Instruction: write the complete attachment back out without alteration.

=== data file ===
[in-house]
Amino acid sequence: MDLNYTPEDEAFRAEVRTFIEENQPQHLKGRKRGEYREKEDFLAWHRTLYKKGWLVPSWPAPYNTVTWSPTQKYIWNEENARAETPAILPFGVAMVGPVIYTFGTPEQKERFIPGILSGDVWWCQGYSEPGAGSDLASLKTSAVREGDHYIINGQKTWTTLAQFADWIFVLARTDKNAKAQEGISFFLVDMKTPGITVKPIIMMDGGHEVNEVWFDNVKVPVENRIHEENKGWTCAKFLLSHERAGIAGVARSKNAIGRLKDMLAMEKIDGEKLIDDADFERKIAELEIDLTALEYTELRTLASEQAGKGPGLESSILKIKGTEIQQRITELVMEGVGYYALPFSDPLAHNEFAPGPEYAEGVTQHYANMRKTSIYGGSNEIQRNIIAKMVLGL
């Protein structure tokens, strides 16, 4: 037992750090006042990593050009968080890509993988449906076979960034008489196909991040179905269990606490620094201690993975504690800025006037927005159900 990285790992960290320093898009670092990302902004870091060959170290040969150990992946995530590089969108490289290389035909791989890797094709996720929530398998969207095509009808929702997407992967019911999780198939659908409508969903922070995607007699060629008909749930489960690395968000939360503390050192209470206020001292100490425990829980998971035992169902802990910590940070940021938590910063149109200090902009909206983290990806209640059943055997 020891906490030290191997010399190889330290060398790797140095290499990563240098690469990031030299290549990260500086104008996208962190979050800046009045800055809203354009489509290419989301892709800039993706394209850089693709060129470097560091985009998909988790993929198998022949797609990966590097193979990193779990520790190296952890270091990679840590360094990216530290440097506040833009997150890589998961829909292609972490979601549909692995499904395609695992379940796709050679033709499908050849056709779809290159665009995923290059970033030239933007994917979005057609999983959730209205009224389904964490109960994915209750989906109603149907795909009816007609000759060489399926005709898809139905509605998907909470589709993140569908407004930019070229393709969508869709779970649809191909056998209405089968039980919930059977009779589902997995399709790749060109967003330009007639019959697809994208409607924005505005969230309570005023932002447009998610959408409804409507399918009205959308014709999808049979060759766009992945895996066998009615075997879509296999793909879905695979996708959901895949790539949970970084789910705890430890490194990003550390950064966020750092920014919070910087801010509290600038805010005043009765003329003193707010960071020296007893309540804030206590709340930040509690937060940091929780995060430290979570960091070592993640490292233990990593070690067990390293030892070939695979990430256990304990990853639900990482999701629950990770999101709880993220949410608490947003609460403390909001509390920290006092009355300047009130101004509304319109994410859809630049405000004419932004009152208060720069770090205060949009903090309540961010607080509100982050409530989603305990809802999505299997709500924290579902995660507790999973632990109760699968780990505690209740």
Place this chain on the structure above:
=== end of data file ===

[in-house]
Amino acid sequence: MDLNYTPEDEAFRAEVRTFIEENQPQHLKGRKRGEYREKEDFLAWHRTLYKKGWLVPSWPAPYNTVTWSPTQKYIWNEENARAETPAILPFGVAMVGPVIYTFGTPEQKERFIPGILSGDVWWCQGYSEPGAGSDLASLKTSAVREGDHYIINGQKTWTTLAQFADWIFVLARTDKNAKAQEGISFFLVDMKTPGITVKPIIMMDGGHEVNEVWFDNVKVPVENRIHEENKGWTCAKFLLSHERAGIAGVARSKNAIGRLKDMLAMEKIDGEKLIDDADFERKIAELEIDLTALEYTELRTLASEQAGKGPGLESSILKIKGTEIQQRITELVMEGVGYYALPFSDPLAHNEFAPGPEYAEGVTQHYANMRKTSIYGGSNEIQRNIIAKMVLGL
């Protein structure tokens, strides 16, 4: 037992750090006042990593050009968080890509993988449906076979960034008489196909991040179905269990606490620094201690993975504690800025006037927005159900 990285790992960290320093898009670092990302902004870091060959170290040969150990992946995530590089969108490289290389035909791989890797094709996720929530398998969207095509009808929702997407992967019911999780198939659908409508969903922070995607007699060629008909749930489960690395968000939360503390050192209470206020001292100490425990829980998971035992169902802990910590940070940021938590910063149109200090902009909206983290990806209640059943055997 020891906490030290191997010399190889330290060398790797140095290499990563240098690469990031030299290549990260500086104008996208962190979050800046009045800055809203354009489509290419989301892709800039993706394209850089693709060129470097560091985009998909988790993929198998022949797609990966590097193979990193779990520790190296952890270091990679840590360094990216530290440097506040833009997150890589998961829909292609972490979601549909692995499904395609695992379940796709050679033709499908050849056709779809290159665009995923290059970033030239933007994917979005057609999983959730209205009224389904964490109960994915209750989906109603149907795909009816007609000759060489399926005709898809139905509605998907909470589709993140569908407004930019070229393709969508869709779970649809191909056998209405089968039980919930059977009779589902997995399709790749060109967003330009007639019959697809994208409607924005505005969230309570005023932002447009998610959408409804409507399918009205959308014709999808049979060759766009992945895996066998009615075997879509296999793909879905695979996708959901895949790539949970970084789910705890430890490194990003550390950064966020750092920014919070910087801010509290600038805010005043009765003329003193707010960071020296007893309540804030206590709340930040509690937060940091929780995060430290979570960091070592993640490292233990990593070690067990390293030892070939695979990430256990304990990853639900990482999701629950990770999101709880993220949410608490947003609460403390909001509390920290006092009355300047009130101004509304319109994410859809630049405000004419932004009152208060720069770090205060949009903090309540961010607080509100982050409530989603305990809802999505299997709500924290579902995660507790999973632990109760699968780990505690209740």
Place this chain on the structure above: